A Closer Look at Two of Our Publishing Businesses in Emerging Markets
Who is the biggest English-language book publisher in the second-biggest English-language book market? Who among our divisions sold 3.75 million Peppa Pig book sets last year? Read on to find out.
At Penguin Random House India and Penguin Random House North Asia, we see our growth potential as vital and vibrant.
Penguin Random House India, who last year celebrated its thirtieth anniversary, and Penguin Random House North Asia, our home in the Chinese market, are keenly attuned to their local reading cultures.
Both divisions are heavily influenced by the fast-growing English-language book-reading local population. Editions of U.S. and UK bestsellers and prize winners are avidly sought after and widely discussed in person and online.
Commercially, both publishing groups are benefitting from the home-grown boom in e-commerce. Online book buying is prevalent in rural areas in India, where there are few bookstores. In China, there are rising book sales online and with mobile devices, as consumer visits to local bookstores are not very habitual.
Too, both companies are led by dynamic CEOs: Gaurav Shrinagesh is the longtime head of PRH India. Azia Cheng was appointed to lead PRH North Asia last year. Together with their deeply committed staff, they share a passion to maximize the ever-increasing local opportunities to reach larger and new audiences for their authors’ books.
As Markus Dohle reported in a companywide blog post upon his return from attending India’s Jaipur Literature Festival in January, “The development of PRH India in the past five years is a great success story.” India is the world’s second-largest English-language market, with some 130 million people fluent in the language. We are the largest English-language trade publisher In India. “Whether we publish in English, Hindi, or other local languages thanks to new publishing opportunities, what matters most is the importance of books in the Indian culture,” he wrote.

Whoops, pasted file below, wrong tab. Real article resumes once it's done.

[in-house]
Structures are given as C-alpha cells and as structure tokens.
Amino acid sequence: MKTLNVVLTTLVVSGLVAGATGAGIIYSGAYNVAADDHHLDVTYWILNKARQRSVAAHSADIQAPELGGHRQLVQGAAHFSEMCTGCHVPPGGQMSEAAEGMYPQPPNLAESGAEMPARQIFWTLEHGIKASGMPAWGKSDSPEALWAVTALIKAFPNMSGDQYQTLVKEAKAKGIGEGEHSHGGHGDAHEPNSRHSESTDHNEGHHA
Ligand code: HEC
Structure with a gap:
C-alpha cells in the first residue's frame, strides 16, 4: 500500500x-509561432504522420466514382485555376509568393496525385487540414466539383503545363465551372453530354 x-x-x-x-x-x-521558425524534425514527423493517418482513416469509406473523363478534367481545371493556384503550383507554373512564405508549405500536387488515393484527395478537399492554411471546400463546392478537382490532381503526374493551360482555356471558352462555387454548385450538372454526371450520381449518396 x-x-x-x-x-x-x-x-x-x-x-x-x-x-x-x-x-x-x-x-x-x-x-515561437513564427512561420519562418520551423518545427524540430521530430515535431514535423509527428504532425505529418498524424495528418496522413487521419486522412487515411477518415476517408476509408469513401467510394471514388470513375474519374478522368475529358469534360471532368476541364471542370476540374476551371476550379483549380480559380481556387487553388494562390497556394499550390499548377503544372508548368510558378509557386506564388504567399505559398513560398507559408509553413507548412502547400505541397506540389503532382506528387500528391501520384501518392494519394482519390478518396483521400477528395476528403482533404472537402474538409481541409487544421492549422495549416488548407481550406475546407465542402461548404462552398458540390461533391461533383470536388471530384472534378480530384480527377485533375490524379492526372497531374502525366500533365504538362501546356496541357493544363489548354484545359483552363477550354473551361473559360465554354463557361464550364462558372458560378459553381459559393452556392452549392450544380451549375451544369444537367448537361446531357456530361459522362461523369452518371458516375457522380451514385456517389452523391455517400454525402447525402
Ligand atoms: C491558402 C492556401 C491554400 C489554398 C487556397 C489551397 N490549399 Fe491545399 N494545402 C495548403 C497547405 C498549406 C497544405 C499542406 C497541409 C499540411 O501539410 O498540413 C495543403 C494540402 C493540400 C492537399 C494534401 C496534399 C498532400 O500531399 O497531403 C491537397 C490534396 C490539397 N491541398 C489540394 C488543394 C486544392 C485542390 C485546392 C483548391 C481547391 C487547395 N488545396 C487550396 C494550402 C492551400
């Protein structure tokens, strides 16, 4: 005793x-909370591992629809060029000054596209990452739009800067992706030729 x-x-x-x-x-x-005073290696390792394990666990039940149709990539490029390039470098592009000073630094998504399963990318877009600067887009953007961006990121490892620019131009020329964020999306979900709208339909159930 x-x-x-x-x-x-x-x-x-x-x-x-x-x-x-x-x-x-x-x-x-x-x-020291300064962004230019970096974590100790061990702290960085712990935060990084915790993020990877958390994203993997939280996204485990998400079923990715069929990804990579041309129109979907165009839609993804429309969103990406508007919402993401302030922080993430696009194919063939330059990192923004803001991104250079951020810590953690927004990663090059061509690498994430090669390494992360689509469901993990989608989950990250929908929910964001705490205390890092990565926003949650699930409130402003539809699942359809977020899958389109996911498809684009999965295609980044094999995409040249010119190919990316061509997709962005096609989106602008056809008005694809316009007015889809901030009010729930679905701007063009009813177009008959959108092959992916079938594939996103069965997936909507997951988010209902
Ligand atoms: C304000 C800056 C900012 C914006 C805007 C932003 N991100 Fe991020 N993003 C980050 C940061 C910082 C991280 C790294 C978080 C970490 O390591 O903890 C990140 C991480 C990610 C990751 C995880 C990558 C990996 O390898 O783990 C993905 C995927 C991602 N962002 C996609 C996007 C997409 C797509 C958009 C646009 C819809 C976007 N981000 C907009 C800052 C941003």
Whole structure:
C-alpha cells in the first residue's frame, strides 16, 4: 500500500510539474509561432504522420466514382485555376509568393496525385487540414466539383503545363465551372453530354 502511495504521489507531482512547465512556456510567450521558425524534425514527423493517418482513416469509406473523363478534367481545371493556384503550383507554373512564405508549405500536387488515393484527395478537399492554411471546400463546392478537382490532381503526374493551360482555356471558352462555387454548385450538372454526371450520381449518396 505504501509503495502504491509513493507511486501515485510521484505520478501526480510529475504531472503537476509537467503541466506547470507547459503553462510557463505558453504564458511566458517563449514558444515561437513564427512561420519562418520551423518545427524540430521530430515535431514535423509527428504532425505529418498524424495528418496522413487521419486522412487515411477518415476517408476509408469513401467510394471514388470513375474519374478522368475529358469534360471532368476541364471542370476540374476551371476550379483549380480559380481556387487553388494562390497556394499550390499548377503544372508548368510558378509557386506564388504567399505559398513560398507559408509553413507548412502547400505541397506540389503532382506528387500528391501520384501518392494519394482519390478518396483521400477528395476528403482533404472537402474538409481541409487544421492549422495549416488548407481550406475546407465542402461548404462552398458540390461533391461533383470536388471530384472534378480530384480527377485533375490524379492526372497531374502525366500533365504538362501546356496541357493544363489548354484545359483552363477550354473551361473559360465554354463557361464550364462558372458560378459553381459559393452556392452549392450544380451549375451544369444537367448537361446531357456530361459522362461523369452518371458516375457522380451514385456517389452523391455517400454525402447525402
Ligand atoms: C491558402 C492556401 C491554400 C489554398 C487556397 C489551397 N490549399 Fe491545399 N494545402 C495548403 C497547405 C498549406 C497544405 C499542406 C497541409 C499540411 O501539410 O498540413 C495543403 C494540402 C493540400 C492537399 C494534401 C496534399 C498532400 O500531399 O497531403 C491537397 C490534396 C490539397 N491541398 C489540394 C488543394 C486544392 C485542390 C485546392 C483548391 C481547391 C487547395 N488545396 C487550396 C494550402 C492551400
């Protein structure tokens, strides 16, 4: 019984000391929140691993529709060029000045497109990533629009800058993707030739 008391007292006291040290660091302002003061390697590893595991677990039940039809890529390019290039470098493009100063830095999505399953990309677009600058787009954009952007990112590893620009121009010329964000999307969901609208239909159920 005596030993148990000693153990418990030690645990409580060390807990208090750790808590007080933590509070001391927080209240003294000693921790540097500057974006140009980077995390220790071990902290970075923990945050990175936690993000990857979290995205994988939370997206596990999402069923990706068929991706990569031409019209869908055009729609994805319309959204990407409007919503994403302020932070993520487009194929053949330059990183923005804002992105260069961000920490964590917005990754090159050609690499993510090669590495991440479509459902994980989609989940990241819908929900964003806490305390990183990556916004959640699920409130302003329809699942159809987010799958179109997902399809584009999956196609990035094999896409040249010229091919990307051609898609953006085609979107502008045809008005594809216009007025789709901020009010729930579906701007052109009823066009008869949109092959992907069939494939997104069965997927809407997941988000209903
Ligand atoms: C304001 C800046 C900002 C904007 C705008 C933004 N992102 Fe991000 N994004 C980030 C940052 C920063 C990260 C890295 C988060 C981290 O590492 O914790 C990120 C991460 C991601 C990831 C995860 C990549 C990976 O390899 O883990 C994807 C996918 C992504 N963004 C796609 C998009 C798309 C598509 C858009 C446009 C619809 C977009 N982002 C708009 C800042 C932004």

That books matter in India is evident in the solid growth rate for PRH India: overall revenues have increased 23% over the past two years, with the company’s market share at 31%, and its English-language sales growth up 80%, 2005-2017. Its strong local literary program publishes over 250 titles in English every year.
Dohle believes that “India is an exciting market, and with the young demographic and vibrant economy, we are poised for continued growth over the next years and decades.”
China, of course, also is one of the world’s largest book markets, whose readers are drawn to many different kinds of books. “The Chinese tend to be brand conscious and heavily influenced by their social environments,” Azia Cheng told BENET at last year’s Frankfurt Book Fair. “In terms of international content for adult audiences, readers are fans of books written by European and U.S. authors, and are attracted to classics by Shakespeare, Oscar Wilde, and Jane Austen, among many others. Movie tie-ins and Nobel and other prize winners’ works are also popular. “Our consumers appreciate quality content,” Cheng says, and “we tailor our marketing to meet consumer preferences.”
They also appreciate children’s books. The beloved Peppa Pig is PRH North Asia’s greatest success. In 2017, they sold 3.75 million Peppa book sets through physical and online retail. The division expects to take great future advantage of the parent company’s worldwide strength in children’s publishing to engage in collaborative projects, such as their recent large acquisition of the rights to several dozen Random House Children’s Books U.S. titles.
In China, as well as in India, DK Publishing has achieved a significant increase year on year revenue. It expects further growth this year and next from its Knowledge series and from its Children’s titles in translation and English-language export editions.
According to Cheng, an important emerging publishing trend in China is the monetization of creative content through different business models. “As one of the largest providers of content and intellectual property,” she observes, “there are numerous ways for Penguin Random House to experiment and to try new approaches to connect our authors with readers. We always are looking to explore new opportunities for the future.”